Street vending in Prince George's County is an open-air, free-for-all mockery of entrepreneurism.
It's every man and woman for themselves. Street vending generates virtually no revenue from license fees or sales taxes for the county.
Want to make some quick and easy money and pay no taxes? Just load a jalopy with home furnishings, apparel or some meat and a barbecue grill and set up shop in an old shopping center parking lot. Then dare health officials to check for sanitation, or simply denounce the law banning vending as being too vague when inspectors ask to see a license.
"The county right now isn't receiving any revenue from vendors," a county government spokesman said.
How can that be, you ask?
Concerned about public safety and health questions prompted by mobile vendor operations, the Prince George's County Council approved legislation three years ago banning outdoor vending on major highways. Vendors also were given two years to phase out their outdoor activities and move to permanent structures.
But vendors continue to do business as usual, from crude stands and dilapidated vehicles, near busy intersections and outside old strip shopping centers. Their reaction to complaints from business and civic groups: The law is too vague.
Vague or not, the issue has spawned confusion all around. Officials aren't taking action against vendors, a spokesman said, because they're waiting for an opinion from county lawyers.
Nothing short of a legal ruling, it seems, will end the standoff. That's obviously why vendors have asked the courts to rule on the legality of the ban.
In the meantime, however, mobile vendors, as they're sometimes called, are enjoying a free ride. And yet they have apparently developed one of the more effective lobbies in the county.
They clearly have an unfair advantage over merchants at fixed locations, who are licensed to do business. The latter are, in effect, subsidizing outdoor vendors.
Three years after enacting the law to ban vending within two years, officials still are struggling to bring closure to this issue. Vendors have not only gone to court in an attempt to seek relief from the ban but they now have a champion in Council member Peter A. Shapiro (D).
Shapiro, a first-term member of the council, recently proposed the creation of special overlay zones for outdoor vending. A committee tabled the bill but Shapiro says he will narrow the focus and reintroduce the measure.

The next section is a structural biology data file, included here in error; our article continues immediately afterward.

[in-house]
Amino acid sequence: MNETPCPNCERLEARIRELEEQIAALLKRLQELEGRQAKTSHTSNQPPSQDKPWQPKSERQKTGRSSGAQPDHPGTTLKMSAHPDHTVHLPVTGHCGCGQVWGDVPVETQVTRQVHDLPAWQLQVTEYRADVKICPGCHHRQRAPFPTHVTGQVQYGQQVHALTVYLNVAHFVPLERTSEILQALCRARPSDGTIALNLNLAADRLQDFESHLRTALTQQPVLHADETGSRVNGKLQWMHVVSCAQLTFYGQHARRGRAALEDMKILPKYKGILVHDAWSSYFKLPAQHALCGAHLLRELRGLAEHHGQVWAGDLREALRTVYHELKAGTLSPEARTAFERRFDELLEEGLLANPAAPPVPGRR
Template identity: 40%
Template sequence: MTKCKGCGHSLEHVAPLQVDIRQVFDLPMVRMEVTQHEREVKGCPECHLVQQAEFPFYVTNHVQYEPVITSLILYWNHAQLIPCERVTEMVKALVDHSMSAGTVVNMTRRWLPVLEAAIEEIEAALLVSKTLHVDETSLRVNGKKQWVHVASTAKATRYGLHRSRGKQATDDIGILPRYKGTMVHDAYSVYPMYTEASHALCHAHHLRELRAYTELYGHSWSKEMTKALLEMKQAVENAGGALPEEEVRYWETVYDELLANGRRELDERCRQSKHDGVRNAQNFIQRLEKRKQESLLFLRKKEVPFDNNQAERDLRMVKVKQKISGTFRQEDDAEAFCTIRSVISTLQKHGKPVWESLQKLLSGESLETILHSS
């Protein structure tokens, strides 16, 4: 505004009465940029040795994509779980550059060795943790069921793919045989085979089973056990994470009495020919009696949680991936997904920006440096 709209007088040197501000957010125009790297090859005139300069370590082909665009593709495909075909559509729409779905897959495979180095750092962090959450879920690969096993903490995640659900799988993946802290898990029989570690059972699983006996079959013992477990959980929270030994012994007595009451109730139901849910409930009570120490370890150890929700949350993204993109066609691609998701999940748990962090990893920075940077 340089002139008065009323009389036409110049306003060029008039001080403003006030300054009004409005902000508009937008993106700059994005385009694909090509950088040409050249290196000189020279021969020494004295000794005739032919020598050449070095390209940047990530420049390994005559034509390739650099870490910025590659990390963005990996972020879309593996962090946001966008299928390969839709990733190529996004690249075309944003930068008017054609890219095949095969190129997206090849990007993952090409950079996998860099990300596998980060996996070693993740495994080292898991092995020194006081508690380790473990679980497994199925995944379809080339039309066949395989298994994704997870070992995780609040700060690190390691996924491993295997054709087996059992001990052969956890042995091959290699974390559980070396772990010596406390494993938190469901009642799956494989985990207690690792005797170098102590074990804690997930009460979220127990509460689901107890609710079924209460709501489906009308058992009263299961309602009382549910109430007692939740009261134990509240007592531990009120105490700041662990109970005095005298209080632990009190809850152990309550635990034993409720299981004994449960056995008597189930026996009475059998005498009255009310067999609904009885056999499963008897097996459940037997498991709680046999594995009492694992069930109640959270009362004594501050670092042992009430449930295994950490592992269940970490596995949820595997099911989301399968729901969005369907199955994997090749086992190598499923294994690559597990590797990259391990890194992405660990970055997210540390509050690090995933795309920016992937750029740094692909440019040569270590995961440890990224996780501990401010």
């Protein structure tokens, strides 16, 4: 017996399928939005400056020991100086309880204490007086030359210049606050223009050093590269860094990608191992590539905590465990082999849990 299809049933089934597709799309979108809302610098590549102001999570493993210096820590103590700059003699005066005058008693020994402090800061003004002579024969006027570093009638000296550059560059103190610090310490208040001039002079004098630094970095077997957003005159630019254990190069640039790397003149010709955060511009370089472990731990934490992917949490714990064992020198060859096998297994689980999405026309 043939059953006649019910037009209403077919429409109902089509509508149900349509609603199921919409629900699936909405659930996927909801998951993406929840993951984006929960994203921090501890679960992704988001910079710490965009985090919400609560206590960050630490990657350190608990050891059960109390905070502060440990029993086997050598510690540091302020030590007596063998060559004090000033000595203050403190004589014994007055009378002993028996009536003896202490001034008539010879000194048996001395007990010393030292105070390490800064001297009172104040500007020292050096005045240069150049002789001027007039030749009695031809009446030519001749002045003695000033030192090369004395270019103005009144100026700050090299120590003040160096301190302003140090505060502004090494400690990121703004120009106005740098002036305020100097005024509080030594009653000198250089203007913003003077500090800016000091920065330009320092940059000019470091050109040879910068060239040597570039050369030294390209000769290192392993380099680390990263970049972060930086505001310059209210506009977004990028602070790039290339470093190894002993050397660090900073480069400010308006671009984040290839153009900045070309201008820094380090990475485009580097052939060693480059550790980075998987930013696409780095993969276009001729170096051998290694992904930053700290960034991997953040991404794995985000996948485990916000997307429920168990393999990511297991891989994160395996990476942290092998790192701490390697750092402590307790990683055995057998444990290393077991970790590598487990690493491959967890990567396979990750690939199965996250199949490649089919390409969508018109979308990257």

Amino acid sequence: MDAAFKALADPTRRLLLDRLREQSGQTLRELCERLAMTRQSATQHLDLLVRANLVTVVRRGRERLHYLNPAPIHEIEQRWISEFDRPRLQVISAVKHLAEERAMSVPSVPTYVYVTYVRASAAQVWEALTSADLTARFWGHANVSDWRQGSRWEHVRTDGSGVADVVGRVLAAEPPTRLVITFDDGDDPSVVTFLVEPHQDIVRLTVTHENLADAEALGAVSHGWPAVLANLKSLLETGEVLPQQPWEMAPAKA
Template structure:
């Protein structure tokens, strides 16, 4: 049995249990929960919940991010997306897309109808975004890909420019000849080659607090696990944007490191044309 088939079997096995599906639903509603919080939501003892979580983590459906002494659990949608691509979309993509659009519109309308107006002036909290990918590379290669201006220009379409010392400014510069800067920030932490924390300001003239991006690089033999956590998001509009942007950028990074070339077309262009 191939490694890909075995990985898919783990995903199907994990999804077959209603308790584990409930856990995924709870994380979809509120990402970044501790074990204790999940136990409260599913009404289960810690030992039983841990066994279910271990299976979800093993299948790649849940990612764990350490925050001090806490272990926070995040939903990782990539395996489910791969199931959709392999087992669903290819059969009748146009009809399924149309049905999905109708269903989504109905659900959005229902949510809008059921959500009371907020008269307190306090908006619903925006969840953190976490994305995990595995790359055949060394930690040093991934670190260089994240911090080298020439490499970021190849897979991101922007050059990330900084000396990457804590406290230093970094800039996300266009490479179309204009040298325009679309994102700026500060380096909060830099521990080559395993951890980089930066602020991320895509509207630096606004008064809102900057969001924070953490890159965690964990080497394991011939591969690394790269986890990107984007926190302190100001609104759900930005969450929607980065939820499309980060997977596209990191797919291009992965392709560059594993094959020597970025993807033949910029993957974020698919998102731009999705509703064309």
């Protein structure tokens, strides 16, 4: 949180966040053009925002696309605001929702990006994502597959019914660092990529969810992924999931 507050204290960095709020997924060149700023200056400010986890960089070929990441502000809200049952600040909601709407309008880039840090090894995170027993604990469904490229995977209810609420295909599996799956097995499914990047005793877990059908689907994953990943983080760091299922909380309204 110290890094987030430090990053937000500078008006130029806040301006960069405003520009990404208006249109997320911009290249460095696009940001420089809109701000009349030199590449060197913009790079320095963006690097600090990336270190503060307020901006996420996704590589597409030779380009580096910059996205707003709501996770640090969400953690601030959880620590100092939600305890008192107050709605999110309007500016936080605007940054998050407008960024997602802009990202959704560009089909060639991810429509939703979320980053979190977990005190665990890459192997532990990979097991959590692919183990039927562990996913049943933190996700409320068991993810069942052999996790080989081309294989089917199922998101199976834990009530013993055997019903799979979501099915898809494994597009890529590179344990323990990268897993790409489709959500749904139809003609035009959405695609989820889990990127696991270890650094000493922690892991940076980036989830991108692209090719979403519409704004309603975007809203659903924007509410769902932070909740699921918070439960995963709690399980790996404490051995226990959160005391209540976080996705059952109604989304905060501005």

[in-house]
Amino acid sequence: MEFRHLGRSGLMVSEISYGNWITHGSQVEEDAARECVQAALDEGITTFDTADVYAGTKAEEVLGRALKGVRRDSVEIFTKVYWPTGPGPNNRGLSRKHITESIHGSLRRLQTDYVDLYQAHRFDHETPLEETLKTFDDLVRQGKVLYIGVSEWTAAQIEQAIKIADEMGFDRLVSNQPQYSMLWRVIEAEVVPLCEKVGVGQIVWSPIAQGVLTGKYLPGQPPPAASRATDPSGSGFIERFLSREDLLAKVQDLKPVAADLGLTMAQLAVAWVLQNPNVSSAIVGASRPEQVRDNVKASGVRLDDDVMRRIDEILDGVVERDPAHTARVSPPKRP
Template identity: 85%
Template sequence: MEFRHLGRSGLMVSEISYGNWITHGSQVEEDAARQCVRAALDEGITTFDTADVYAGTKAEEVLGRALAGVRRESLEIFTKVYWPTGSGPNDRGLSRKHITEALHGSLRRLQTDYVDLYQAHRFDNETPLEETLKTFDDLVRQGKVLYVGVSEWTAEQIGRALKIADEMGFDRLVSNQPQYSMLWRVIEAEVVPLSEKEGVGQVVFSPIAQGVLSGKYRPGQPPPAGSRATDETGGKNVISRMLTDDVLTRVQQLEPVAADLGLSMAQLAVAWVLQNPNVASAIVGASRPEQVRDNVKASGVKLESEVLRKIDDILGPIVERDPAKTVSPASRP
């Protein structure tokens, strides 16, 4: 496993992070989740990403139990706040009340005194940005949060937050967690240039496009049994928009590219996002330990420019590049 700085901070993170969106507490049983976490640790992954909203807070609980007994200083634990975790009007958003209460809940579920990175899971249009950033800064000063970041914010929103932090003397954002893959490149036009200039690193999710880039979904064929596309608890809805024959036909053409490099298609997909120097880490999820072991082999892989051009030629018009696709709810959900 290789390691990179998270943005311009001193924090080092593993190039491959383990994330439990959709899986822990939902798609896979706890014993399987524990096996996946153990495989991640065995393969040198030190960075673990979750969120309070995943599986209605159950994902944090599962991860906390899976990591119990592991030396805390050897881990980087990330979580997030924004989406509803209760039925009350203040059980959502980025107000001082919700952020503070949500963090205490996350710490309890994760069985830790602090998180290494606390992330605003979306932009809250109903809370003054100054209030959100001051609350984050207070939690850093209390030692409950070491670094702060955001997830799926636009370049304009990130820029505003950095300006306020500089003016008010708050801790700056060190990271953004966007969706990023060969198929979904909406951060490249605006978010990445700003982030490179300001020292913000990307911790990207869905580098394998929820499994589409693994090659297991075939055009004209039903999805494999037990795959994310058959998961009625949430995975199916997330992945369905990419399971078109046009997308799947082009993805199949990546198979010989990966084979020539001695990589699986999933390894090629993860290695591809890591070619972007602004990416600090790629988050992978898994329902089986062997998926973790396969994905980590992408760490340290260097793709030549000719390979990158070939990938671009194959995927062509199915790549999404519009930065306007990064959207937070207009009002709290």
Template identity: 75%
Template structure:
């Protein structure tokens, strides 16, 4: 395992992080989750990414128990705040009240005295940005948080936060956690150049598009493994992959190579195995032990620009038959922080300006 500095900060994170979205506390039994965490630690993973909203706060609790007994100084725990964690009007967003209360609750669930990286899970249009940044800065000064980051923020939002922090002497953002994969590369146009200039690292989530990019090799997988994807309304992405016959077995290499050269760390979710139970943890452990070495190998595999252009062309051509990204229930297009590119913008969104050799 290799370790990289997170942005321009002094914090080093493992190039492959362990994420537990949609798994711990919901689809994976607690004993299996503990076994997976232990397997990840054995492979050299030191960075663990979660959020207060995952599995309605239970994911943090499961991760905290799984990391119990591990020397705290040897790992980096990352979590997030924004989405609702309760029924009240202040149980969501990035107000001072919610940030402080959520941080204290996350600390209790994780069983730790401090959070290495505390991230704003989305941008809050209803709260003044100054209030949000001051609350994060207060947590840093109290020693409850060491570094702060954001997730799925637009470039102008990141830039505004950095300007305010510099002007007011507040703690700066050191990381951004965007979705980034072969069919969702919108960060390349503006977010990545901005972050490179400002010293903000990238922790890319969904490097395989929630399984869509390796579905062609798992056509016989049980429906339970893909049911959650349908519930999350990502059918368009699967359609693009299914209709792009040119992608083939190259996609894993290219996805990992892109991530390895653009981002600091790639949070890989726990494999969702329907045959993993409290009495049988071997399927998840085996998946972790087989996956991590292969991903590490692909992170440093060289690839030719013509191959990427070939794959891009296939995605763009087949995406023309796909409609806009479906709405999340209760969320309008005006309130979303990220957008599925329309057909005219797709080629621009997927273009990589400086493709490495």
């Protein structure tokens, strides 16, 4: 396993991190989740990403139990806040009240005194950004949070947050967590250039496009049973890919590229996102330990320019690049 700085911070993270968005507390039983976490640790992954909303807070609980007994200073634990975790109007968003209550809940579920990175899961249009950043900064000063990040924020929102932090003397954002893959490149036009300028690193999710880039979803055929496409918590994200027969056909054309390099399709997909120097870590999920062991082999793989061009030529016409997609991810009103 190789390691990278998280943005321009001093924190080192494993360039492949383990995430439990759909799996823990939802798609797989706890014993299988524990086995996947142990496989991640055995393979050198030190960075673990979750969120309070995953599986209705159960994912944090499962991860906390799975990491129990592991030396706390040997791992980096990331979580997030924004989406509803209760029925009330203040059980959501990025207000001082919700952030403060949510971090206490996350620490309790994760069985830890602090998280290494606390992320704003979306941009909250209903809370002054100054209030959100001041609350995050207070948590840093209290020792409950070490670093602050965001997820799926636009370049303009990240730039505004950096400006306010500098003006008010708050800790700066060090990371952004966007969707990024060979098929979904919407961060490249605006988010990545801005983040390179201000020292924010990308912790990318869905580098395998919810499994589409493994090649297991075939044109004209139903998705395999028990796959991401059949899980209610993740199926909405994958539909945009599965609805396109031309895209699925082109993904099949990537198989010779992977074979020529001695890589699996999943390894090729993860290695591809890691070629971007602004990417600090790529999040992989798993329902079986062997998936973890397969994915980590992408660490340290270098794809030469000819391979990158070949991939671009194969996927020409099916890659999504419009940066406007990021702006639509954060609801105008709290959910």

"We aren't even supposed to have vending at all in Prince George's County," insisted Council member Isaac J. Gourdine (D), one of the more outspoken critics of vending in the county.
Tabling Shapiro's bill is plainly a cop-out. It solves nothing and strengthens the hand of vendors as they continue to defy officials while pleading ignorance of the law.
Shapiro says he still thinks establishing overlay zones is a good idea but acknowledges doing that would leave the issue open.
"I think we should set some boundaries for vendors," said Shapiro, adding that establishing a mobile park or a flea market for vendors might be a solution.
"The more I look at this, the more I want vendors," Shapiro volunteered. "I like vendors. There's clearly a market for [them] or they wouldn't be so successful. Vendors make a tremendous impact."
They do, albeit detrimental in the opinion of some county residents and officials. "Vendors add another eyesore to underused shopping centers and [business owners] don't want to lease space in those places," Gourdine complained. "I think it's hurting us economically.
"You're not going to get [other] businesses in those areas [and] people aren't going to move into those areas.
"We have to determine in Prince George's County how we want the county to appear and who we want to sell the county to. It's not helping us at all."
With diligent enforcement of applicable regulations, vending can be a productive part of a community's economy as well as a colorful addition to the fabric of life in a community.
But Gourdine is absolutely correct in pointing out that outdoor vending activity in Prince George's County is out of control and constitutes an eyesore.
Clouds of black smoke billowing wildly from home-made barbecue grills hitched to old step vans, surrounded by a clutch of crudely printed signs, may appeal to some county residents. But it does little to change perceptions about a county that hopes to attract better retailers, more white-collar jobs and more upper-income residents.
Meanwhile, the vending problem can and should be resolved quickly. All it takes is political courage and a little common sense.